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8.3. Summary and Conclusions

By now you appreciate that financial analysis is not an exact science and the theories upon which it is based may even be "bad" science. The fundamental problem is that real world economic decisions are characterised by uncertainty. By definition uncertainty is non-quantifiable. Yet, rather than bury their heads in sand, academics continue to defend financial models, such as the CAPM based on simplifying assumptions that rationalize a search for investment opportunities in the chaotic world we inhabit. See Fama and French (2003).

New mathematical theories and statistical models of investor irrationality and market inefficiency, characterised by non-random walks are being crystallized. These post-modern "Quants" reject the assumptions of a normal distribution of returns. See Peters (1991) for a comprehensive exposition. Scientific "catastrophe theory" is also being applied to stock market analysis to explain why "bull" markets crash without warning. See Varian (2007).

Academics and financial analysts are also returning to twentieth-century economic theorists for inspiration, from John Maynard Keynes to the behaviouralists who dispensed with the assumption that we can maximise anything.

Today's proponents of behaviouralism, such as Montier (2002) reject the neo-classical economic profit motive and the wealth maximisation objectives of twentieth-century finance They believe that finance is a blend of economics and psychology that determines how investor attitudes can determine financial decisions. Explained simply, investors do not appreciate what motivates them to make one choice, rather than another. Behavioural Finance therefore seeks to explain why individuals, companies, or institutions make mistakes and how to avoid them.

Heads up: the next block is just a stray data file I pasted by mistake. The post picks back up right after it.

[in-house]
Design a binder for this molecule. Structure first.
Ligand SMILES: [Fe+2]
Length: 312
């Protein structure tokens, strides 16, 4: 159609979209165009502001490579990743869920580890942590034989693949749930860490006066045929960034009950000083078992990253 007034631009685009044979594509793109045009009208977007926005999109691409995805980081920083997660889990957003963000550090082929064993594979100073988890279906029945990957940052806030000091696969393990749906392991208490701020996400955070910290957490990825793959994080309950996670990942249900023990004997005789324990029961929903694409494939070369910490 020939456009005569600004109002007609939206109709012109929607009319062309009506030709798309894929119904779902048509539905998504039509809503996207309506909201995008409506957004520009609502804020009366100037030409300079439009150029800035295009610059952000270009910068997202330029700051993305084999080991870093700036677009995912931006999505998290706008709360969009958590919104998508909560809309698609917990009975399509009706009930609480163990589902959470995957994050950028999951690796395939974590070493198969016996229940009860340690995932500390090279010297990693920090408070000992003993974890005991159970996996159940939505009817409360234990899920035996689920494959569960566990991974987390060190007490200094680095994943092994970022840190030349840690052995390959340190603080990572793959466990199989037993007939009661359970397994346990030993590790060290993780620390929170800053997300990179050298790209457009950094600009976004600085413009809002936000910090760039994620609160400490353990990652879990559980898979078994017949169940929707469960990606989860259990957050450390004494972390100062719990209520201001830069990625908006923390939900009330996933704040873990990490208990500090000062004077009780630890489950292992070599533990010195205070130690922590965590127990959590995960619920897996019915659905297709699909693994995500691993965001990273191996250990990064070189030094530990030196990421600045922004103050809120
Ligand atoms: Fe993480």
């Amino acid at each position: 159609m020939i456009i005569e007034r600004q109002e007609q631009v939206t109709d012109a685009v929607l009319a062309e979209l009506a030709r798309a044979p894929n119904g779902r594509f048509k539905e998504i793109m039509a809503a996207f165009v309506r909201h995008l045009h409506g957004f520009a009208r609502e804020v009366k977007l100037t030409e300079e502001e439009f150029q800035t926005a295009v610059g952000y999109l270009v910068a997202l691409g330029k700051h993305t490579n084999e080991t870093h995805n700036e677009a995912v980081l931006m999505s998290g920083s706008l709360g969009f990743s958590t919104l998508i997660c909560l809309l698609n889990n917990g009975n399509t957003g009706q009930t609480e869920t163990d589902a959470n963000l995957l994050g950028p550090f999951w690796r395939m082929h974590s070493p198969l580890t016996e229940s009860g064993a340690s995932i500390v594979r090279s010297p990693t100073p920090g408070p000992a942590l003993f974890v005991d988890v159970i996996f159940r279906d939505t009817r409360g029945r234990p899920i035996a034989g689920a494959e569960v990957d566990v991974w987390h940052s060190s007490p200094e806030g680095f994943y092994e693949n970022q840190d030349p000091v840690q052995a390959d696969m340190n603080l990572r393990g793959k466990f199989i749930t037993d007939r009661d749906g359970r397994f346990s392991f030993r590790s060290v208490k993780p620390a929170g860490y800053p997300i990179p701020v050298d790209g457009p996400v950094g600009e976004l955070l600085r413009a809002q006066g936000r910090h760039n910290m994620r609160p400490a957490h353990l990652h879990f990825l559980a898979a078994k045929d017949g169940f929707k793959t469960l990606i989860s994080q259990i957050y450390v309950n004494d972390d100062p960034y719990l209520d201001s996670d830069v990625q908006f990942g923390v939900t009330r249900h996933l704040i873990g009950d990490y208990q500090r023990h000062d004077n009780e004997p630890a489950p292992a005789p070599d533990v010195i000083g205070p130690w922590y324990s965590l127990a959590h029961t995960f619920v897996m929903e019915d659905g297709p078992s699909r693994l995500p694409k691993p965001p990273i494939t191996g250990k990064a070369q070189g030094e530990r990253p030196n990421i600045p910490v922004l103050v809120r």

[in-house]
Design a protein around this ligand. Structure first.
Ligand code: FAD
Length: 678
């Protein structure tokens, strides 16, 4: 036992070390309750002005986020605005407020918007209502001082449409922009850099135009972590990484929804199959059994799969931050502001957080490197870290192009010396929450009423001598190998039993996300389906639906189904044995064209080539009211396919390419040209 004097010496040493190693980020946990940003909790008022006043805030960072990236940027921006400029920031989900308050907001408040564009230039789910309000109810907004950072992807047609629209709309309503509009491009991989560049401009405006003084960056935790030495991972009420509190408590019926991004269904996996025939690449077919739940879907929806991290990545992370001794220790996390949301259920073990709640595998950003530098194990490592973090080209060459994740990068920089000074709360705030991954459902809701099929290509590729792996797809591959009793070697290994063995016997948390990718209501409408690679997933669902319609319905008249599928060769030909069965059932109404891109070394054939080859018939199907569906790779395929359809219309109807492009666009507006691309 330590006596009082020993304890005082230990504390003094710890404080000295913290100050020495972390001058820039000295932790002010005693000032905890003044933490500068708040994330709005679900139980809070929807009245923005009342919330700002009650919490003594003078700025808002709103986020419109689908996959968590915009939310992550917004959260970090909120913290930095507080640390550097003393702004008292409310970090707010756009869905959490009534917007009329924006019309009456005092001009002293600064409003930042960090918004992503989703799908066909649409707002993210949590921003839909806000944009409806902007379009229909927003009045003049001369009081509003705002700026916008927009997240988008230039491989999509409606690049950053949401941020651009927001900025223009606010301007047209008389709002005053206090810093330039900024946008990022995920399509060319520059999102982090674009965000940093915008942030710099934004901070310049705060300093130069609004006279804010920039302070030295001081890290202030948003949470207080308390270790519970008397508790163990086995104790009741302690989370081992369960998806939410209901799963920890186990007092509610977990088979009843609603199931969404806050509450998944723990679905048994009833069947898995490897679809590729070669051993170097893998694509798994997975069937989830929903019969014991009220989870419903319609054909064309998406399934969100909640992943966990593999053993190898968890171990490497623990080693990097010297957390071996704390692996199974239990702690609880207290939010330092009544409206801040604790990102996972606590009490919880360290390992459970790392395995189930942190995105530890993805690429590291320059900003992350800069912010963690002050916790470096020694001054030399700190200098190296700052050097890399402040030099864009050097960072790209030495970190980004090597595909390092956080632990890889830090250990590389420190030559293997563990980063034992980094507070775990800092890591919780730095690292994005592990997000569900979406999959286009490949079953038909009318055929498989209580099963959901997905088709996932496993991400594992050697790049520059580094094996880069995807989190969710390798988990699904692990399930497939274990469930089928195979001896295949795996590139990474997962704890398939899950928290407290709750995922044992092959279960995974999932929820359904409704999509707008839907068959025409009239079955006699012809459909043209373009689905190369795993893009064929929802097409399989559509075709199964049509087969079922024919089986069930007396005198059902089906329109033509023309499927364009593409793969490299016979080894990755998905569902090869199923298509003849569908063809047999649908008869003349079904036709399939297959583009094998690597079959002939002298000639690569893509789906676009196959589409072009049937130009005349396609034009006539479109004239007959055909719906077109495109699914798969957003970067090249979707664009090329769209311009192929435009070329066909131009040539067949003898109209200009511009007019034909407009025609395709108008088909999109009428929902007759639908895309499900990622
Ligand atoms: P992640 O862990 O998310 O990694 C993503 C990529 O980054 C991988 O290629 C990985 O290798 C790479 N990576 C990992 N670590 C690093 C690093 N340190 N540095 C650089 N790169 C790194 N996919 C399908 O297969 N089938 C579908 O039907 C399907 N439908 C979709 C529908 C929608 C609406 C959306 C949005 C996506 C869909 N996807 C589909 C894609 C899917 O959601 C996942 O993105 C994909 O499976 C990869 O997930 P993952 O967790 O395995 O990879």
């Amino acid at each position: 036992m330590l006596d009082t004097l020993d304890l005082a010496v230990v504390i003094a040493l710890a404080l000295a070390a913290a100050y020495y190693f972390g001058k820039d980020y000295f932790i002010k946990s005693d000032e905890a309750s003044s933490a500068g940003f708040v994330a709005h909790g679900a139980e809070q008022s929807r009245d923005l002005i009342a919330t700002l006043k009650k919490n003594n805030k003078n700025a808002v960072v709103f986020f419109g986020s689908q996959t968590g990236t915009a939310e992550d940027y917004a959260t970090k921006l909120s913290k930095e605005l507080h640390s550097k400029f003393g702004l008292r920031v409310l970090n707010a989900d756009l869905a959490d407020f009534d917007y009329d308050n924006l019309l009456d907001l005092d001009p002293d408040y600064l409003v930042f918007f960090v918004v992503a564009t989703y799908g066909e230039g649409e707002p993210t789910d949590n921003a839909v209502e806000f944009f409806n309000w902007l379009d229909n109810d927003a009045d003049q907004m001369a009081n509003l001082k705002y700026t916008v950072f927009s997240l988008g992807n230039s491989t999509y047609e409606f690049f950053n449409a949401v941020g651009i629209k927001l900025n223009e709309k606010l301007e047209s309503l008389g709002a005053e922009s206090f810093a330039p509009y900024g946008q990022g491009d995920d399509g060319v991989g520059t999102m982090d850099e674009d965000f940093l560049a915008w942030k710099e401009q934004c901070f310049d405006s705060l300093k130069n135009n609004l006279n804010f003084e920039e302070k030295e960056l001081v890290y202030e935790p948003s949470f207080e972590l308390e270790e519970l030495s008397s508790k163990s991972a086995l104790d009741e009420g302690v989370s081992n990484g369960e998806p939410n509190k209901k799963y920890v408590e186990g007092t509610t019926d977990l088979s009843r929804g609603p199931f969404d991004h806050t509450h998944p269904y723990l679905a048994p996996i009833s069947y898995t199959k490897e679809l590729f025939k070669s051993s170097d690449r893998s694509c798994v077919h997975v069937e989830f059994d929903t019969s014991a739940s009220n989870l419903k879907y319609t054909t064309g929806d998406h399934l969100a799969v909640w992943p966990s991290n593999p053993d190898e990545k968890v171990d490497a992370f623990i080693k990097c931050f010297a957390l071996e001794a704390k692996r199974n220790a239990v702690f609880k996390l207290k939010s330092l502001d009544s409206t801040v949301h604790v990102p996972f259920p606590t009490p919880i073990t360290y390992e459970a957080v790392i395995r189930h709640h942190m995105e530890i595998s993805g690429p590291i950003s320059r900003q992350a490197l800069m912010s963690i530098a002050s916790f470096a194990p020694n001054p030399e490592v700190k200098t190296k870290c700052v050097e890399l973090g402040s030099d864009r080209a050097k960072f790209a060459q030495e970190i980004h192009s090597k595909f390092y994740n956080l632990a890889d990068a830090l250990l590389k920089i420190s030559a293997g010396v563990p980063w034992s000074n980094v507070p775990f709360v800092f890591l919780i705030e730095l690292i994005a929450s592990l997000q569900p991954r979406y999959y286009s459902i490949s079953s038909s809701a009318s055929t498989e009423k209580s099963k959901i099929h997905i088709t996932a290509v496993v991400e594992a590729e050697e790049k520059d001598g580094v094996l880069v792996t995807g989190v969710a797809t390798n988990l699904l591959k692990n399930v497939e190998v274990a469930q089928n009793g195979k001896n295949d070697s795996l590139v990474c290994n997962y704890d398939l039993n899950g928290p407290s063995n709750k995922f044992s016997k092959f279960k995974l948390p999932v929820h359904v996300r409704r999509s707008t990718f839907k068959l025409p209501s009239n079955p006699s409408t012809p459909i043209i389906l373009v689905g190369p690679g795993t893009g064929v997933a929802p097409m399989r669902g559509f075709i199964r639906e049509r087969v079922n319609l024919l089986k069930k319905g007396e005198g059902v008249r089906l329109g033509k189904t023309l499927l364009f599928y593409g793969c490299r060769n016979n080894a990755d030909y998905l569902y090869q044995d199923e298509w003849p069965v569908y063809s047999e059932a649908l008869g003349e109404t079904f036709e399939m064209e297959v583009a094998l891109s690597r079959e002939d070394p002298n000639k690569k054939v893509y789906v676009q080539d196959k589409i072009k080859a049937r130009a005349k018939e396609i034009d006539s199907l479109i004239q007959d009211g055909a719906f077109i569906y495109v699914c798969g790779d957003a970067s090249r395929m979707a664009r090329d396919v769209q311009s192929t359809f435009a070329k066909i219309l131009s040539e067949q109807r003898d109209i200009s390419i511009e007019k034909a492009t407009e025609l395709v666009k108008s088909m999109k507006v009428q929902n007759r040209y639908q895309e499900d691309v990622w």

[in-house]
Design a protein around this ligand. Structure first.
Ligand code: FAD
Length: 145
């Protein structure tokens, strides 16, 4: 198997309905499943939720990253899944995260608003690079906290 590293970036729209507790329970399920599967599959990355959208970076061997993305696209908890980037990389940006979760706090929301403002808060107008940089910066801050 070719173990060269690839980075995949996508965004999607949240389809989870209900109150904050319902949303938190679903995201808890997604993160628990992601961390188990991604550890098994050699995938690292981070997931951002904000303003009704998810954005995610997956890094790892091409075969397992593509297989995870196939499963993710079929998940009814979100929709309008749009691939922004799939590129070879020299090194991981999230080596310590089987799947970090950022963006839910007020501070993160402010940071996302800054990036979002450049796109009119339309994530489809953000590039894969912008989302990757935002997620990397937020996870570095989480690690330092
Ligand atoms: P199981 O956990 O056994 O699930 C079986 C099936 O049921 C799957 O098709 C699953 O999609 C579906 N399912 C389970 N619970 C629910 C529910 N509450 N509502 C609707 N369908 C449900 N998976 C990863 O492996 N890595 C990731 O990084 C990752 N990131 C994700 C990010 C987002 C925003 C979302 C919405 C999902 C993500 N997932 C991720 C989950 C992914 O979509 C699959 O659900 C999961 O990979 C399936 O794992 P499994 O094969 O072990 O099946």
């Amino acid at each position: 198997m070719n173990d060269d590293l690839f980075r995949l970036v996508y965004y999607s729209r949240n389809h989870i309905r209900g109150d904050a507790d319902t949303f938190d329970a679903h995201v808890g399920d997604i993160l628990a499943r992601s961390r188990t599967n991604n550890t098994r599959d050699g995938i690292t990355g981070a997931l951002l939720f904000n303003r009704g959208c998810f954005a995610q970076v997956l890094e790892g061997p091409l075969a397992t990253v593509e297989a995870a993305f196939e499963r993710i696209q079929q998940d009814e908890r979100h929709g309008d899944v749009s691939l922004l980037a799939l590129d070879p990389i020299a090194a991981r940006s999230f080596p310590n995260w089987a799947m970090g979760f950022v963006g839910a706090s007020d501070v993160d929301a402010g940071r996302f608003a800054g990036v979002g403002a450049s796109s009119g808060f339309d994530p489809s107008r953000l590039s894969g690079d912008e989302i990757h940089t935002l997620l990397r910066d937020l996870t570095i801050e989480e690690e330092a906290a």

Suffice it to say, that much of the "new" Quants is so complex as to confuse most financial analysts, let alone individuals who wish to beat the market (think the millennium dot.com fiasco and the 2007 meltdown). Likewise, the "new" behavioural finance (just like the "new" behavioural economics of the1960s) seems to prefer "a sledgehammer to crack a walnut" (see Hill 1990).

As a parting shot, let us therefore return to first principles and common sense with a guide to your future studies or investment plans, which places Modern Portfolio Theory in a human context.

Ignore forecasts: Evidence suggests that predictions are invariably wrong. The behavioural trait to avoid is known as anchoring, whereby you latch on to uncertain data that is hopelessly wrong. Develop a strategy that does not depend on them.

Information Overload: The financial services industry believes that to "beat" the market they need to know more than everybody else. But empirical studies reveal too much information leads to overconfidence, rather than accuracy. So concentrate on an investment's "key" elements.

Overconfidence: Most investors overestimate their skills. Prepare a plan based on your risk-return profile and ability. Then stick to it.

Denial: Investors are more attracted to good news, rather than bad. Prior to the millennium, the market did not want the dot.com boom to fail. So, any information suggesting that techno-shares were overvalued was ignored. The lesson is not to be complacent.